Robinhood Will Restart ‘Limited’ Trading In Meme Stocks GameStop, AMC As Reddit Rally Unravels
Following a slew of backlash from everyone including government officials and billionaires, popular online brokerage Robinhood, which along with other trading platforms facilitated much of the Reddit-fueled trading mayhem, has backtracked from its decision to bar buying of the meme stocks that sparked the mind-blowing Reddit rally in shares heavily shorted by Wall Street’s elite.
In a Tweet thread Thursday afternoon, Robinhood CEO Vlad Tenev, one of the firm’s two billionaire cofounders, announced that starting Friday, the platform would once again allow “limited buys” of the eight securities for which it previously stalled trading.
“In light of recent volatility,” Robinhood said earlier Thursday it was restricting trading of meme stocks including GameStop, AMC Entertainment, BlackBerry and Bed Bath & Beyond—all among those seeing eye-popping gains this week as Reddit traders pump up prices with massive buying.
Other stocks temporarily barred on the platform include Koss Corp., Express, Nokia and Naked Brand; Robinhood said it was only allowing such positions to be closed.
Tenev said the move was a “risk-management decision” due to financial requirements from the Securities and Exchange Commission that fluctuate based on volatility in the markets, implying that a surge in margin trading may have strained the firm’s cash on hand.
Interactive Brokers has also barred options trading for many of the same stocks–AMC Entertainment, BlackBerry, Express, GameStop and Koss–allowing only liquidation for such positions; the firm is also requiring long positions to be fully covered and a 300% margin for short positions “until further notice.”
Shares of GameStop and AMC tanked 44% and 57%, respectively, Thursday.
“We continuously monitor the markets and make changes where necessary,” Robinhood said in a statement Thursday. “In light of recent volatility, we are restricting transactions for certain securities to position closing only. . . . Amid significant market volatility, it’s important as ever that we help customers stay informed.”
Robinhood faced bipartisan fury from elected officials over its decision to halt meme stock purchases. Rep. Alexandria Ocasio-Cortez (D-NY) tweeted that Robinhood should be investigated for halting GameStop and other trades “while hedge funds are freely able to trade the stock as they see fit,” and Republicans like Sen. Ted Cruz (R-Tex.) came out in agreement. Meanwhile, speculation on social media began circulating nearly immediately after the announcement that Robinhood’s decision to stop trading meme stocks was motivated by its relationship with hedge funds and other Wall Street shops. “To be clear, this decision was not made on the direction of any market maker we route to or other market participants,” Tenev said in the Thursday tweet thread.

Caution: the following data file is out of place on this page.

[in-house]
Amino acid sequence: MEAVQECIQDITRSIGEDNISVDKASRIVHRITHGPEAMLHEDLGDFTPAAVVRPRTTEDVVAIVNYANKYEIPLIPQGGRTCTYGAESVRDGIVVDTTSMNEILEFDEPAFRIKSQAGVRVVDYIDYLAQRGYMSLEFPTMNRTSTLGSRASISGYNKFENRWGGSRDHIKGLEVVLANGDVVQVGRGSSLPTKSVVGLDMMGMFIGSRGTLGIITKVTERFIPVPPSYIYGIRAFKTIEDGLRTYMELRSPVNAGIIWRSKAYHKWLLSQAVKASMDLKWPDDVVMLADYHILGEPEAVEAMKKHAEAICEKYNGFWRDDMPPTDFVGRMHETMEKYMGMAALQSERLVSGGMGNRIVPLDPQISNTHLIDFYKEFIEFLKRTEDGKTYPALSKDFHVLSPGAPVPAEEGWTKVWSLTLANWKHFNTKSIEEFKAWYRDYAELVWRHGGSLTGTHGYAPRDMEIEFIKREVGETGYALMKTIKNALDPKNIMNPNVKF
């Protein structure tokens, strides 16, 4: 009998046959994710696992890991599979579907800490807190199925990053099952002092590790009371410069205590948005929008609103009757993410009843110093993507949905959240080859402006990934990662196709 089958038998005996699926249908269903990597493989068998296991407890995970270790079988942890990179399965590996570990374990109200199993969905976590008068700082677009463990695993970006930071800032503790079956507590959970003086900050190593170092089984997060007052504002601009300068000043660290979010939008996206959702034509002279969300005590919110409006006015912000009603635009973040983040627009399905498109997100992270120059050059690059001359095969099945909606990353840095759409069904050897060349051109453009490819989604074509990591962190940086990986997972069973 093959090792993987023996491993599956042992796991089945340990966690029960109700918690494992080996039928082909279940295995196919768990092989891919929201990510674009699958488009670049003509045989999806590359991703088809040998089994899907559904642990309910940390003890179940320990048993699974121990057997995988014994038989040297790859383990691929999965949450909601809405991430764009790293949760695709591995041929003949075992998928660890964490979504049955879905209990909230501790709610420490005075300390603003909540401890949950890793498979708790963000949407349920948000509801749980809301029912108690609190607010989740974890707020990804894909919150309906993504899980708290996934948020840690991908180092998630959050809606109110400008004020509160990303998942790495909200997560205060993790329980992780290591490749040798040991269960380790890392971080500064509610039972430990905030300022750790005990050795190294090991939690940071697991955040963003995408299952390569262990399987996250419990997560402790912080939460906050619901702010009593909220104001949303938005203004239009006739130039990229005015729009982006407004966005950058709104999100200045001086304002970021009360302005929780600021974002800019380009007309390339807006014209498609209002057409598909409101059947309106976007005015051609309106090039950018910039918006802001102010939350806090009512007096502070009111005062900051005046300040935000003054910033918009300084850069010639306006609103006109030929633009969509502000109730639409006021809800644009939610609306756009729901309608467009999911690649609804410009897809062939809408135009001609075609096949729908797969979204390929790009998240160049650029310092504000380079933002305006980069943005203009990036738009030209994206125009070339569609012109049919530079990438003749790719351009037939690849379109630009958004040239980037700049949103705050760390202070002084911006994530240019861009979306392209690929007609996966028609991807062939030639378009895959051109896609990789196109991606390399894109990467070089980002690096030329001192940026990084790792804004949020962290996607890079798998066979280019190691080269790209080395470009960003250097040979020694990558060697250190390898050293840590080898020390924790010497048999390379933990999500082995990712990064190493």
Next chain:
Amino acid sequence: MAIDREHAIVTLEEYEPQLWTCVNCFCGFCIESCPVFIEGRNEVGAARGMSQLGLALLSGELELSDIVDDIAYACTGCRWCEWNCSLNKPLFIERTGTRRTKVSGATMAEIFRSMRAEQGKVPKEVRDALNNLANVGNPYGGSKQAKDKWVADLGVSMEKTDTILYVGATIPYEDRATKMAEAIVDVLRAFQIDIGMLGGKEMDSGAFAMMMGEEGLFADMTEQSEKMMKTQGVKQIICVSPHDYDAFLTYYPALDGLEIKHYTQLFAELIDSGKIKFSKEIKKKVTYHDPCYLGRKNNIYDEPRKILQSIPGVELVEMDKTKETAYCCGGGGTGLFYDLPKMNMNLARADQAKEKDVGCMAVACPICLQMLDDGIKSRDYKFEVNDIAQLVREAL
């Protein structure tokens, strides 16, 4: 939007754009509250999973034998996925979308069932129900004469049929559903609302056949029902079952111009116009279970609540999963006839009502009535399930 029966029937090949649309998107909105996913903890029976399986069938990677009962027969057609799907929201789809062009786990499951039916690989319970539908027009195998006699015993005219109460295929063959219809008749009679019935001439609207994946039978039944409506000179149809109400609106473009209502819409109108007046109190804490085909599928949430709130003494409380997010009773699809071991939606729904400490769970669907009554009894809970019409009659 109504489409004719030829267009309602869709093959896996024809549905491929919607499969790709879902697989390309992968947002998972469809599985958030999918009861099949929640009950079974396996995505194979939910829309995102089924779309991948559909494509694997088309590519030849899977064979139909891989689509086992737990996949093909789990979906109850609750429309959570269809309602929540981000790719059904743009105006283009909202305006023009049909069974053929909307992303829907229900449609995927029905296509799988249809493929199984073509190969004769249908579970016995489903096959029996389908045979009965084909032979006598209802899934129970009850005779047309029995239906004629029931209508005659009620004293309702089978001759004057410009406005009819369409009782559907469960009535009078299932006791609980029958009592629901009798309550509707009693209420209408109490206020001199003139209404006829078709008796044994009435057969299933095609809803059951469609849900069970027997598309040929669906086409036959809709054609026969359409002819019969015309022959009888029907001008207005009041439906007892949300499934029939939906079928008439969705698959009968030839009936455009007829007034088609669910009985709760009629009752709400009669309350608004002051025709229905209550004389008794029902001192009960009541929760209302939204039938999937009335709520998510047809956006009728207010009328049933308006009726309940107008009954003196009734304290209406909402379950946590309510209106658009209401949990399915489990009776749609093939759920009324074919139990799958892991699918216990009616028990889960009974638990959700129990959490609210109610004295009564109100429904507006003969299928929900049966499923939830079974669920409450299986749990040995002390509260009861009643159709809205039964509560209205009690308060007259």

What To Watch For
“We do not believe this situation will subside until the exchanges and regulators halt or put certain symbols into liquidation only,” Interactive Brokers said in a statement Thursday, adding that it will “continue to monitor market conditions and may add or remove symbols” as it deems warranted. The SEC says it is “monitoring” the situation but hasn’t provided additional guidance.
Once again crippled by the retail-trading frenzy, major brokerages dominated the list of outages tracked by DownDetector Thursday morning, with Robinhood, E-Trade, Charles Schwab and Fidelity all among those experiencing issues around the start of trading.
According to a new report by the Harvard College Consulting Group, 31% of investors under the age of 24 are looking to “make quick cash,” while roughly the same percentage use Reddit to inform trading. Only about 58% of those are making revenue, and a large majority (65%) of those looking to “make quick cash” fail to generate anything at all.
Not Just GameStop: Here Are The Meme Stocks WallStreetBets Traders Are Pumping Up During This ‘Extremely Erratic’ Reddit Rally (Forbes)
Dow Plunges 650 Points, Posting Worst Loss In 3 Months As Reddit Traders Fuel ‘Market Nonsense’ (Forbes)